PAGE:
Watch Your Network Signal, It Will Hurt Your iPhone 5’s Battery Life

Watch Your Network Signal, It Will Hurt Your iPhone 5’s Battery Life

Having a weak cellular connection could mean your iPhone won’t last as long between charges,

How’s your iPhone 5’s data connection where you live? Did you know that if your signal is poor, and your handset is always struggling to get a decent data connection, it could mean that your battery life won’t last as long between charges?

That’s according to iLounge’s review of the iPhone 5, which looks at the handset’s battery life performance. Although they found that battery life is almost always fairly good on Apple’s latest smartphone, more power is consumed when you make calls or transfer cellular data over a weak signal.

if you’re using your iPhone 5 in places a with a very strong (4- to 5-bar) LTE or 3G signal, your cellular battery life may approach that number [8 hours], but if not, the cellular antenna will struggle to maintain a signal, and fall well short. Because LTE and 3G/4G towers are in a state of build-out flux right now, our tests suggest that many LTE users won’t come close to Apple’s promised numbers.

Of course, battery life is always a relative subject, because so many different factors can have an impact on it — including the brightness of the display, whether or not Bluetooth is switched on, and of course the general health of the battery itself.

What’s more, this type of thing isn’t new to the iPhone 5 — or indeed just the iPhone; it’s common among all mobile devices. Think about it: having a weak signal means your iPhone has to work harder to maintain a good connection, and it’s always searching for something better. In addition to this, everything you download or upload takes longer, which is directly impacting your battery life.

Personally, I get a full (five-bar) GRPS connection where I live, and I’m always connected to my home Wi-Fi network. Under those conditions, my iPhone 5’s battery life has been incredible. I’m charging it every other day now, whereas my iPhone 4S had to be plugged in every single evening at around 9 p.m.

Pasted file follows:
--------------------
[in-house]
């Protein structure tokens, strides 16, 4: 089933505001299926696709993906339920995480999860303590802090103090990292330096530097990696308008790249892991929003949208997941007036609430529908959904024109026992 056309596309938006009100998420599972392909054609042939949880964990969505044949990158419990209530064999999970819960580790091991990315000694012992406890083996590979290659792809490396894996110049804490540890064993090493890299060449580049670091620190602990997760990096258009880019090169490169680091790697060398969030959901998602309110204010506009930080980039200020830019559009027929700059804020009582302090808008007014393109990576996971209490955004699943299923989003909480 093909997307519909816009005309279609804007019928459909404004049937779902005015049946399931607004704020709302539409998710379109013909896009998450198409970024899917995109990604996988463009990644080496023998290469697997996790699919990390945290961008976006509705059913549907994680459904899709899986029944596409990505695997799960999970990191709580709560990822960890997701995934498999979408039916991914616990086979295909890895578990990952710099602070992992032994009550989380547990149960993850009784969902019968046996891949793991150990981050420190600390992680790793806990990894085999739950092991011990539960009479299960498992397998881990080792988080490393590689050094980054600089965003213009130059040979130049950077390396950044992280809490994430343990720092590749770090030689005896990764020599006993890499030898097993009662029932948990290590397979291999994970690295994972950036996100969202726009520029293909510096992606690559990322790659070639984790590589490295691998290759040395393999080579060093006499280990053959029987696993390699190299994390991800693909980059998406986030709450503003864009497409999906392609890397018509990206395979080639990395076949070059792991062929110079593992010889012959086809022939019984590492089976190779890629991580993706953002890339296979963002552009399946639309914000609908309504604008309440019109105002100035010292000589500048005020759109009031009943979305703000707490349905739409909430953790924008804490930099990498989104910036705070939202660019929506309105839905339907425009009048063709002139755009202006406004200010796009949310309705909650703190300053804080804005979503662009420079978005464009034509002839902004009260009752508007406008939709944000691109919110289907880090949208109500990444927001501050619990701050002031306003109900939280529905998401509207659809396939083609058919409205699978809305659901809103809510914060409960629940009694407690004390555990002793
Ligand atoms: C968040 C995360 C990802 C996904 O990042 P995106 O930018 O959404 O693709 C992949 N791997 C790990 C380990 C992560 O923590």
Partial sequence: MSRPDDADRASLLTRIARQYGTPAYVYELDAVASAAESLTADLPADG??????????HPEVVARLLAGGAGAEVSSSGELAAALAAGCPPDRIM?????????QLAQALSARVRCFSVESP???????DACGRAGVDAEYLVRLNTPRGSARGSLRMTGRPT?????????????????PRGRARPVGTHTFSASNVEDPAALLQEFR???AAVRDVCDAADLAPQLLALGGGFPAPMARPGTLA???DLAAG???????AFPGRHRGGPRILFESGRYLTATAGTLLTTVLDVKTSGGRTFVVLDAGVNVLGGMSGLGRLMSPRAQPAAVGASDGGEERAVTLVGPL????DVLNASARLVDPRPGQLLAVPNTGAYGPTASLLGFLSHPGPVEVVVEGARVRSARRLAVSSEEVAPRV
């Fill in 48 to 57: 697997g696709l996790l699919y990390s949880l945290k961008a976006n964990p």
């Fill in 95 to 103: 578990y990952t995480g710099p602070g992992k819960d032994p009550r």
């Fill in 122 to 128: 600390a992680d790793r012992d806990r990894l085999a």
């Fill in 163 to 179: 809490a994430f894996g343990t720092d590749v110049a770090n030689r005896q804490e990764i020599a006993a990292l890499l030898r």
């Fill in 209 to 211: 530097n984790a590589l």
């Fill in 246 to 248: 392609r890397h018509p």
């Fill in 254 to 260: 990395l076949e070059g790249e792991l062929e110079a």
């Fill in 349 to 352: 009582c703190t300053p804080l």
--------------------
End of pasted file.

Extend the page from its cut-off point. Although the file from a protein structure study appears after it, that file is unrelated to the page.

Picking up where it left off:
• matrix3D

    Guys, this is not news and this is not specific to the iPhone 5. My iPhone 4 does the same thing and I’m willing to bet all cellular devices do too. When you have a weak signal your phone has to boost the power in order to “talk back” to the cell tower. Case in point, I have a consistent 4 or 5 bars on AT&T at my home and, if I’m there the majority of the day, I can easily get 6-7 hours of actual usage from my phone. Where I work though the AT&T signal is pathetic and shifts constantly between “No Service” and a 3-bar connection AT MOST — the majority of the time it’s a 1 bar connection. On these work days, I’m lucky if I get 4-5 hours on a full charge. Nothing new to see here.

    EDIT: I see you actually brought this point up at the very end of the article… which begs the question as to what the point of this article even is. Shameless click bait?

  • Jdsonice

    I get 5 bars on AT&T were I am located and batter life seems to be reasonably good. I am charging every 2 to 3 days.

  • hanhothi

    I get the same problem on my iPhone 4 when I get the train in the UK. The coverage (Vodafone, not even 3G) in the countryside is none existent during much of the journey. When I arrive at my destination after a one and half hour trip, there is hardly any battery left, around 15-20%. I now put the phone in Airplane mode, and reconnect on arrival. It is a pain, but has the advantage of avoiding those embarrassing “I’m on the train” calls!

  • 5imo

    Killian which network are you on? My guess is Vodafone since you’re on GPRS.

About the author

Killian BellKillian Bell is a staff writer based in the U.K. He has an interest in all things tech and also covers Android over at CultofAndroid.com. You can follow him on Twitter via @killianbell.

(sorry, you need Javascript to see this e-mail address)| Read more posts by .

Posted in News | Tagged: , , , , , , , , |